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Smallville: Random "Duplicity" Musings

Yay! We have a new pinch roller, and we got it installed, and we replaced the itsy bitsy spring the Distant Future of Fandom (and Future Engineer) lost while my back was turned. So although we didn't see "Duplicity" till Friday evening, it looks as though we'll be able to tape "Red" in the safety & comfort of our own home.

1. The Future of Fandom, DFoF, and I discussed the so-called plot with Our Guy. The biggest problem is at the beginning: there are too many coincidences in one place, viz:

a. the ship sat in a cornfield for at least three months without anyone noticing. During this time the corn (which was *way* too high for May anyway) did not grow.

b. the first person to get near the ship was driven off the road by Hamilton, who is (i) suffering from K-poisoning, and (ii) the person who discovered the key.

c. the accident is witnessed and the ship discovered by Pete, who is one of Clark's closest friends. Presumably the cops come by and get the guy out or at least look at the scene, but they never notice the spaceship which is, like, *right there*.

Sorry, TPTB, that's just too high a concentration of coinkydink in one place. Bring in the heavy-duty spackle.

Our Guy said this reminded him of a sf story from the 50s or so, in which a man gets a splinter from a mysterious crystal that gives him the power to change probability, so he can do things like throw 50 pennies in the air and not only will they all come up heads, they'll fall into a neat stack. (does anyone remember the name of this story?) And then we discussed how faster-than-light travel in the spaceship pretty much has to involve Quantum, and FoF brought in various aspects of Terry Pratchett's Discworld, including the Weather Butterfly and Susan (Death's granddaughter), who has the ability to make people not notice her. And then we start to wonder if K are some kind of Force Rocks, because Our Guy's analysis of lightsaber fighting technique (=why is a lightsaber mostly an edge weapon, not a point weapon?) led him to speculate that midichlorians can manipulate quantum probabilities, and that's what The Force is. Either that, or duct tape.

So our idea-like concept is that various forms of K can be used to manipulate quantum probabilities, or they may be sentient (as in Deanine's brilliant "The Lost") and do some of the manipulation on their own. In any event, these alterations in probability can be focussed for FTL travel, but can also lead to a "Susan Effect" where things or people are very hard to notice.

So why was the ship in the field for months without being noticed? Because the Susan Effect was very strong, since the ship had just been powered up before the tornado. Why could Hamilton & Pete break through and see the ship? Because their association with K and Clark, respectively, had already distorted their personal probability space.

*If* TPTB had any kind of theory about what K does, this might start to make a kind of sense. Anyone have any better ideas?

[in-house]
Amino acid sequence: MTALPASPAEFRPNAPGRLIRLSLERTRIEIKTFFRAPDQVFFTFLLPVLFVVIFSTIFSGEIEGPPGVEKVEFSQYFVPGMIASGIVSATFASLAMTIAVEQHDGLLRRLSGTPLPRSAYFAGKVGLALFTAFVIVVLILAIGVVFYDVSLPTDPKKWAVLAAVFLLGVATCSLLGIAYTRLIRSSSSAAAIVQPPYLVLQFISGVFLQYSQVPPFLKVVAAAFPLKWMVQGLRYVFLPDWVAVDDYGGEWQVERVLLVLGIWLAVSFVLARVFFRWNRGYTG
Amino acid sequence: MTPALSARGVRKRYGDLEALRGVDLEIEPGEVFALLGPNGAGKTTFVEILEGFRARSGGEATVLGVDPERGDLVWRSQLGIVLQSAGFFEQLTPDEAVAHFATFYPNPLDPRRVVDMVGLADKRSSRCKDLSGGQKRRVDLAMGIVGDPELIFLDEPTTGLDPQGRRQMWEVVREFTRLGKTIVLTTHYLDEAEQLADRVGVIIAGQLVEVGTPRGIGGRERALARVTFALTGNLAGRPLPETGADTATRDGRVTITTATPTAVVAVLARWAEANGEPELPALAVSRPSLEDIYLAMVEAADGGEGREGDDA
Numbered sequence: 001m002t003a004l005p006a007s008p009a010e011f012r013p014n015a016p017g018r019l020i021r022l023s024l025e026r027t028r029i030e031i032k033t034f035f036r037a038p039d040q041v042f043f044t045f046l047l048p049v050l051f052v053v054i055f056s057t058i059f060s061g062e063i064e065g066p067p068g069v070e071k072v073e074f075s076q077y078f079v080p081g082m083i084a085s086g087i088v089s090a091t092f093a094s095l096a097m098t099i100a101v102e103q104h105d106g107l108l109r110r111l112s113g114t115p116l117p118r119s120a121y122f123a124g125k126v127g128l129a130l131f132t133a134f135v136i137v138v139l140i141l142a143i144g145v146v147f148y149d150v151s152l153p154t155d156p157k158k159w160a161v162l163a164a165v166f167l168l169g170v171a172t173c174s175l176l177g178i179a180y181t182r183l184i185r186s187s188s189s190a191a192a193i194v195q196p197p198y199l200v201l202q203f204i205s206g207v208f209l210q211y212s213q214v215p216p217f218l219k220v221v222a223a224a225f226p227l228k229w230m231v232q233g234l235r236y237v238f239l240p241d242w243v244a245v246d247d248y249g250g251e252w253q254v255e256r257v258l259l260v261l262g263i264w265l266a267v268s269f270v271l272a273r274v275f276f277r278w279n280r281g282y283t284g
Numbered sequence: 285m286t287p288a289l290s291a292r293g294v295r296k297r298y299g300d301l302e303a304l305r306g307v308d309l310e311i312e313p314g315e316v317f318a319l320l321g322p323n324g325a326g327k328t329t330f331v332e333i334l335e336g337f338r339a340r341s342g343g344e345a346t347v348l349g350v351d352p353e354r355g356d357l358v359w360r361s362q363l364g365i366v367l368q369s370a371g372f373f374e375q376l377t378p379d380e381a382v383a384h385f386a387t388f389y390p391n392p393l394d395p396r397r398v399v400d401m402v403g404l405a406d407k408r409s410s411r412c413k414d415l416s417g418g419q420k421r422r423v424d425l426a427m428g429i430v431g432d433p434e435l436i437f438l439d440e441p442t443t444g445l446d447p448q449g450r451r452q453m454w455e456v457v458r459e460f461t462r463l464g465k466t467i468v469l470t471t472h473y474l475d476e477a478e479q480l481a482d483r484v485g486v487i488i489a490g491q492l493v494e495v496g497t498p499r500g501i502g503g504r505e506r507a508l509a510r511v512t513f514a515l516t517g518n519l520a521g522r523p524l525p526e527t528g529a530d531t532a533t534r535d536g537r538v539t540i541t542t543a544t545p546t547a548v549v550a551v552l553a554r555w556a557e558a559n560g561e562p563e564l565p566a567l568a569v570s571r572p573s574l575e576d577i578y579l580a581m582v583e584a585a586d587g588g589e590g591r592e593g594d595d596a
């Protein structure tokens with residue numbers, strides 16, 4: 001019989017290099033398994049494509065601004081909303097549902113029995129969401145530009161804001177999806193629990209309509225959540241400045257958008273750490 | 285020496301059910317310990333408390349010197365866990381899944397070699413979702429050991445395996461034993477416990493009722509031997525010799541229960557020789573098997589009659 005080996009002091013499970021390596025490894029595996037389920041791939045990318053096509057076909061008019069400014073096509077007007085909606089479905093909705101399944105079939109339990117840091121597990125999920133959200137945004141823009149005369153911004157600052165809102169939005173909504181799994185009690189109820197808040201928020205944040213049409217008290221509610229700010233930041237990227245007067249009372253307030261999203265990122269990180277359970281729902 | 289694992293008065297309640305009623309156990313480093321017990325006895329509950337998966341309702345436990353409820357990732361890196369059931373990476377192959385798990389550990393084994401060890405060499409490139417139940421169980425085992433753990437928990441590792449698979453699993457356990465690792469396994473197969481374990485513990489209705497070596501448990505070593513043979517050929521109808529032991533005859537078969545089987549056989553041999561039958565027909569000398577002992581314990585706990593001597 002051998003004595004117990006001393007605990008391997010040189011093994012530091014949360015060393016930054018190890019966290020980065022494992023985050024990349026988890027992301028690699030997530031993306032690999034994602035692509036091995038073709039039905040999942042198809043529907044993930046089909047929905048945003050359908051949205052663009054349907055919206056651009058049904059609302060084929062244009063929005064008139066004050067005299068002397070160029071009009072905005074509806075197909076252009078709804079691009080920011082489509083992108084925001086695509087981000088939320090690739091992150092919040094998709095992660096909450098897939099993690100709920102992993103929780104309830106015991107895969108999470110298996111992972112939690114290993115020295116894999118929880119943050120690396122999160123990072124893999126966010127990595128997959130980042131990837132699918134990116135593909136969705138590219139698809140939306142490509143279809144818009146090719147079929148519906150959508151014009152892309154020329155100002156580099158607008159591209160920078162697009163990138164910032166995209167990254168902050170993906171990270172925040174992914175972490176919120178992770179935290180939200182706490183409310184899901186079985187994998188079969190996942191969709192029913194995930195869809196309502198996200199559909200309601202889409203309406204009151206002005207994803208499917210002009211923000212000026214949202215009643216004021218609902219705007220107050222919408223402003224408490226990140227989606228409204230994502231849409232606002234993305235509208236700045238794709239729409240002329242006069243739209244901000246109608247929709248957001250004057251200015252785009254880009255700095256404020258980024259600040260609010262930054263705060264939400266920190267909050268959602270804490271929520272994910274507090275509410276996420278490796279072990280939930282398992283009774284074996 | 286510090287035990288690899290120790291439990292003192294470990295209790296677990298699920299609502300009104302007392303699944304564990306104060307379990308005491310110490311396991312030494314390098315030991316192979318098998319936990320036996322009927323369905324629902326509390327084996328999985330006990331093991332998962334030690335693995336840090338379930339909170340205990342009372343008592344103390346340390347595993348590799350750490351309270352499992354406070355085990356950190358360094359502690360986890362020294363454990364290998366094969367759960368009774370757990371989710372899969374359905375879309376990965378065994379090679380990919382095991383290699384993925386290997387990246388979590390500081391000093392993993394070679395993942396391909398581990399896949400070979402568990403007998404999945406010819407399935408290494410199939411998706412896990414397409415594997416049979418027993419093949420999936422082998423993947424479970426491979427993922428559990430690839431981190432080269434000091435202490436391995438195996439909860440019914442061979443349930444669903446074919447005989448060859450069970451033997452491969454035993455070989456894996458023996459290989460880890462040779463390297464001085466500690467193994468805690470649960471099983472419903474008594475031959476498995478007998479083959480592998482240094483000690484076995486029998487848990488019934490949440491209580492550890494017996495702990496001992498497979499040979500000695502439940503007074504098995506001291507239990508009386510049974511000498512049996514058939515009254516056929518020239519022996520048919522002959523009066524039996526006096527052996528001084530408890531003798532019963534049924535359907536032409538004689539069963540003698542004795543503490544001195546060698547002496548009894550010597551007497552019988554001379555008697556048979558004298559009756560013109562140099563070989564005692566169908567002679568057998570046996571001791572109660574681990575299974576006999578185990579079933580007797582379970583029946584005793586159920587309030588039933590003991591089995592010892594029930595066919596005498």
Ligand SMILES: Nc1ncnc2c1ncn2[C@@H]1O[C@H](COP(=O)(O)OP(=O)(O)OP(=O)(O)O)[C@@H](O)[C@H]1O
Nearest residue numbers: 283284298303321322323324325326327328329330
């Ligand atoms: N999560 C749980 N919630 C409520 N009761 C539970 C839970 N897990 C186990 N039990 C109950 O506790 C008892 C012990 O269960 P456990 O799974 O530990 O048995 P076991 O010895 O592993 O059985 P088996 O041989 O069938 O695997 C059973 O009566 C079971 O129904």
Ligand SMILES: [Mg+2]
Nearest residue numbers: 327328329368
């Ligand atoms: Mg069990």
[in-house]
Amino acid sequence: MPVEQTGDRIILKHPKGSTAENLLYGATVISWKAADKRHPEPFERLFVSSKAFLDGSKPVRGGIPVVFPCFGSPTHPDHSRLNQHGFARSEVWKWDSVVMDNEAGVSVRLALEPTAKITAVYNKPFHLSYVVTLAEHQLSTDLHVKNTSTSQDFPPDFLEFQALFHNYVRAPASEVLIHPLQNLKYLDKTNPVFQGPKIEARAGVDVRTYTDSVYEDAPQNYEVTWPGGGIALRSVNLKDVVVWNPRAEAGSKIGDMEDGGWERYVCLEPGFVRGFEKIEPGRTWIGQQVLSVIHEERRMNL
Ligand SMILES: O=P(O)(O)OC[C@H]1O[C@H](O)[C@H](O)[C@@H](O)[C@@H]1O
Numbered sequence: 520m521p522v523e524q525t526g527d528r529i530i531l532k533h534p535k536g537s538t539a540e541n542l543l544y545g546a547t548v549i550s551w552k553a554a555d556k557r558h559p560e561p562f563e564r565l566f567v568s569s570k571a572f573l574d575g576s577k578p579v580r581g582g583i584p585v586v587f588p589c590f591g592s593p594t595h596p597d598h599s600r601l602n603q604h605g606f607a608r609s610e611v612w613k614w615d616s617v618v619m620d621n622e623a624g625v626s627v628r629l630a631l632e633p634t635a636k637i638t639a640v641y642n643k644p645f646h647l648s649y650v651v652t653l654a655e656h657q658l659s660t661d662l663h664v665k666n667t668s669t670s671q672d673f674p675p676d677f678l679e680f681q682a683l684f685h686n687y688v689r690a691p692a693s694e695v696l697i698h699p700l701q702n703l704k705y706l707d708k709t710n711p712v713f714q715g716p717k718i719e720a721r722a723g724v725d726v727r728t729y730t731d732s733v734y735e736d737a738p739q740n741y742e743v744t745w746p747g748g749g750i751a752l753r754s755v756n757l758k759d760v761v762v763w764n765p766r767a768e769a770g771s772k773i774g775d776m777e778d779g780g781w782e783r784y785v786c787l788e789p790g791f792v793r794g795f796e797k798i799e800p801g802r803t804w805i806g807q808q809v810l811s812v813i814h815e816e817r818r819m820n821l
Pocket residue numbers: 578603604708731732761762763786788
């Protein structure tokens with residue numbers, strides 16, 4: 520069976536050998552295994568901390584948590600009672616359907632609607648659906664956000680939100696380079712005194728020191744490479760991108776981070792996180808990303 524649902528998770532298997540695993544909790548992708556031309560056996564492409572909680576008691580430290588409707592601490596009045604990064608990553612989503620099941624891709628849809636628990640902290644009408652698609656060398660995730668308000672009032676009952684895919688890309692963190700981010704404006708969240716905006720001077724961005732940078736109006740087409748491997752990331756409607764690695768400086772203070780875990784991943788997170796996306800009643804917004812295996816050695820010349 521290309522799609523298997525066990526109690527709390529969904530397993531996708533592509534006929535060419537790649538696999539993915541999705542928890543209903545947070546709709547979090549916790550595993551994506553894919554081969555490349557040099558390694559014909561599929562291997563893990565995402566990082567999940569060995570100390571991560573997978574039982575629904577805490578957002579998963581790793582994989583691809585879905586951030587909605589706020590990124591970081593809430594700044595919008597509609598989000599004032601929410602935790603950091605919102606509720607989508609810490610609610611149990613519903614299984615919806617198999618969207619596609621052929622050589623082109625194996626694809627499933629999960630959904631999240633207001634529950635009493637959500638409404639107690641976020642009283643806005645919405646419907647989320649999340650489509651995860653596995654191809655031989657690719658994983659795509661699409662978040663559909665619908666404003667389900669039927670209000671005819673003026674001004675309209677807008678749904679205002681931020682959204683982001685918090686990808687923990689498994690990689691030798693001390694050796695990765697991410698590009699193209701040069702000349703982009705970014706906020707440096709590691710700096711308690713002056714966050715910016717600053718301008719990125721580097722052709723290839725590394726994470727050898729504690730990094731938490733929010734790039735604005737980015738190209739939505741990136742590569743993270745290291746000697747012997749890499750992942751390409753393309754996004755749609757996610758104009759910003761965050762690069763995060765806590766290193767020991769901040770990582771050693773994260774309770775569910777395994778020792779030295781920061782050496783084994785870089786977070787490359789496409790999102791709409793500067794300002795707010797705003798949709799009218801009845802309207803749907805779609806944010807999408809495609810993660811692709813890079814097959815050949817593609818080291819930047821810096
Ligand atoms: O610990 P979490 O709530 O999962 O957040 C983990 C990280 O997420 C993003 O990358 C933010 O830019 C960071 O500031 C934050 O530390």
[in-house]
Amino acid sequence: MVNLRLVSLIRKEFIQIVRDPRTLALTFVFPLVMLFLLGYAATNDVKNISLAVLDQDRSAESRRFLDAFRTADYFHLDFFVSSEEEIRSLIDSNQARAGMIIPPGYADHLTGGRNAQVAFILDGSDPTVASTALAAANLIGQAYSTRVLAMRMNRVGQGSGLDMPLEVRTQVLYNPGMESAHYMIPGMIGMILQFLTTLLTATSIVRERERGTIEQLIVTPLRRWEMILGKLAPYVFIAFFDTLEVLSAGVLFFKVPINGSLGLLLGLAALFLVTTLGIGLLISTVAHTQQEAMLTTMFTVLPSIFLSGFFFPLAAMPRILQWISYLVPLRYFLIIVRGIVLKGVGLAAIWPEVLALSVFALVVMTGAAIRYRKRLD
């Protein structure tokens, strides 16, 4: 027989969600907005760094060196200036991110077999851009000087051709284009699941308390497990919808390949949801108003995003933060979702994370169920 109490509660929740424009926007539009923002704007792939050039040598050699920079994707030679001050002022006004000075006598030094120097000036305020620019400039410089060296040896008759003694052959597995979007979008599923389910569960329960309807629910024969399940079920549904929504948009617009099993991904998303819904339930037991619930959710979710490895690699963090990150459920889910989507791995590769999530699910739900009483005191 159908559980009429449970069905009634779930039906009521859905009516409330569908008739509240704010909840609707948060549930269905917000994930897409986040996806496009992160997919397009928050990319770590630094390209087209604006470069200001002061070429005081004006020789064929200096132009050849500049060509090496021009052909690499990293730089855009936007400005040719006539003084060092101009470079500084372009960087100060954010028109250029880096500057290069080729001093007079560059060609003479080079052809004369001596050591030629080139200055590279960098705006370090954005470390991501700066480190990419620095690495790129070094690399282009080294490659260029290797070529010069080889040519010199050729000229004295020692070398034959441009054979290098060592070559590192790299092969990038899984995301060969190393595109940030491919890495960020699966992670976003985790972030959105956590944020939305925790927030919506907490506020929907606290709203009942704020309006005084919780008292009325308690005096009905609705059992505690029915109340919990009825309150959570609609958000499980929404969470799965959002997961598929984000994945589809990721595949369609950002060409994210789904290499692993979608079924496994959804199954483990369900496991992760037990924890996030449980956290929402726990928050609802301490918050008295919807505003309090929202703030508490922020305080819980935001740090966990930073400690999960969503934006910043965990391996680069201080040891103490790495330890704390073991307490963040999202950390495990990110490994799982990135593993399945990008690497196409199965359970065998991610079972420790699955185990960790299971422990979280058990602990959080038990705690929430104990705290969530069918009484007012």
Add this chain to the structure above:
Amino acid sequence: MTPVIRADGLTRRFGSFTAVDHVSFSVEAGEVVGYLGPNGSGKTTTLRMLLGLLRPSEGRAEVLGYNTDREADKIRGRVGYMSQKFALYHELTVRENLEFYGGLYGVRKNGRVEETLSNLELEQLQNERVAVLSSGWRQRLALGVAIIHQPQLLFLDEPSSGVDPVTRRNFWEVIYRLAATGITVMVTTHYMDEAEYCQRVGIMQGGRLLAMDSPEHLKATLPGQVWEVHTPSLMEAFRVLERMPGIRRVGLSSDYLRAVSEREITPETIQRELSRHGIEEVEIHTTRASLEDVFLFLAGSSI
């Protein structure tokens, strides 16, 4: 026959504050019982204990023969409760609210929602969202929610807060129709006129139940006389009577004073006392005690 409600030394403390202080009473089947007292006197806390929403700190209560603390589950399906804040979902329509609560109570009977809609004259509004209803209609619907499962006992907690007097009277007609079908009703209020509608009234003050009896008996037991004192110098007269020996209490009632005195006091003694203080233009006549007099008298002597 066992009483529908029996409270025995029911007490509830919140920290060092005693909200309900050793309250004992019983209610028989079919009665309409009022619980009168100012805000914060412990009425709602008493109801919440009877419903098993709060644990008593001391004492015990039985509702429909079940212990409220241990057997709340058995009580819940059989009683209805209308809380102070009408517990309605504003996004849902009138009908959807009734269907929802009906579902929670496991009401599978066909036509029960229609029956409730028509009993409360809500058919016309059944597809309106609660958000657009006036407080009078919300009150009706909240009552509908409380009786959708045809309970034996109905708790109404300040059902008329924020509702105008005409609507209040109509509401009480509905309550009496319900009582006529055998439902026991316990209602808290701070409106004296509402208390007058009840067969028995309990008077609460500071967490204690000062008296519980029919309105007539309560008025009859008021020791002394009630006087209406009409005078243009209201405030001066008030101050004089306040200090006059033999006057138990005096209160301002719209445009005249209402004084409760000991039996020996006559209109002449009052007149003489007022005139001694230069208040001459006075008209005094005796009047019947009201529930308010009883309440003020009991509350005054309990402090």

Since I first wrote the above, someone *has* come up with a better idea: ShimmyGloss, in "Truth Comes Down."

2. When Lionel said, "Every Arthur needs a Merlin," FoF laughed triumphantly and cried, "and a Mordred, Dad!"

As many others have said, this show could be used in acting school, to show how good actors strength each other, but weak actors do not. MR's scenes with JG are just *amazing*. For instance, when Lionel says he's sick of being poked & prodded, treated like a specimen (sorry, can't check the exact words right now), Lex has a brief wordless reaction that says, clear as day, "gee Dad, you mean the way you treated me after the meteor shower?"

3. Both Futures adore Pete. I was looking at some screencaps yesterday and DFoF crawled on top of me to see, and said, "Where are the pictures of Pete? There should be more Pete!"

FoF, who is pretty close to the characters in age, absolutely refuses to accept the adult argument that it was OK for Clark to keep secrets from Pete when Pete told Clark his secrets, because Clark's secrets are dangerous but Pete's aren't. For her this kind of rationality is totally unacceptable in a friendship, nuh-uh. She finds all of Pete's reactions completely normal and natural, including the telling-Chloe-without- telling-her scene -- it's dumb and driven by anger & resentment, but that just makes it more like something a real teenager would do.

It occurs to me that for this age group, one of the important functions of your friends is to be people you can complain about your parents to. I wonder if part of the problem with the Kent Family Secret thing, like other family secrets, is that it keeps Clark from complaining honestly about his parents with his friends. Has Clark ever talked about his parents to his friends? Lex does, Chloe does a bit (her embarrassment in the plant in Jitters, her saying in "Tempest" that she & her dad don't do the depression thing well together), Lana does (I don't mean the DPs, I mean her talking about Nell in this ep), Pete has at least mentioned his family (now that they're giving him lines, will he get a family? don't hold your breath). But if Clark can't talk about what goes on in the family, then for all the love there it does become sort of like a family with alcoholism or other seeping trouble.

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by Mary Ellen, "Doctor Science, MA"

     

 


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updated November 6, 2002

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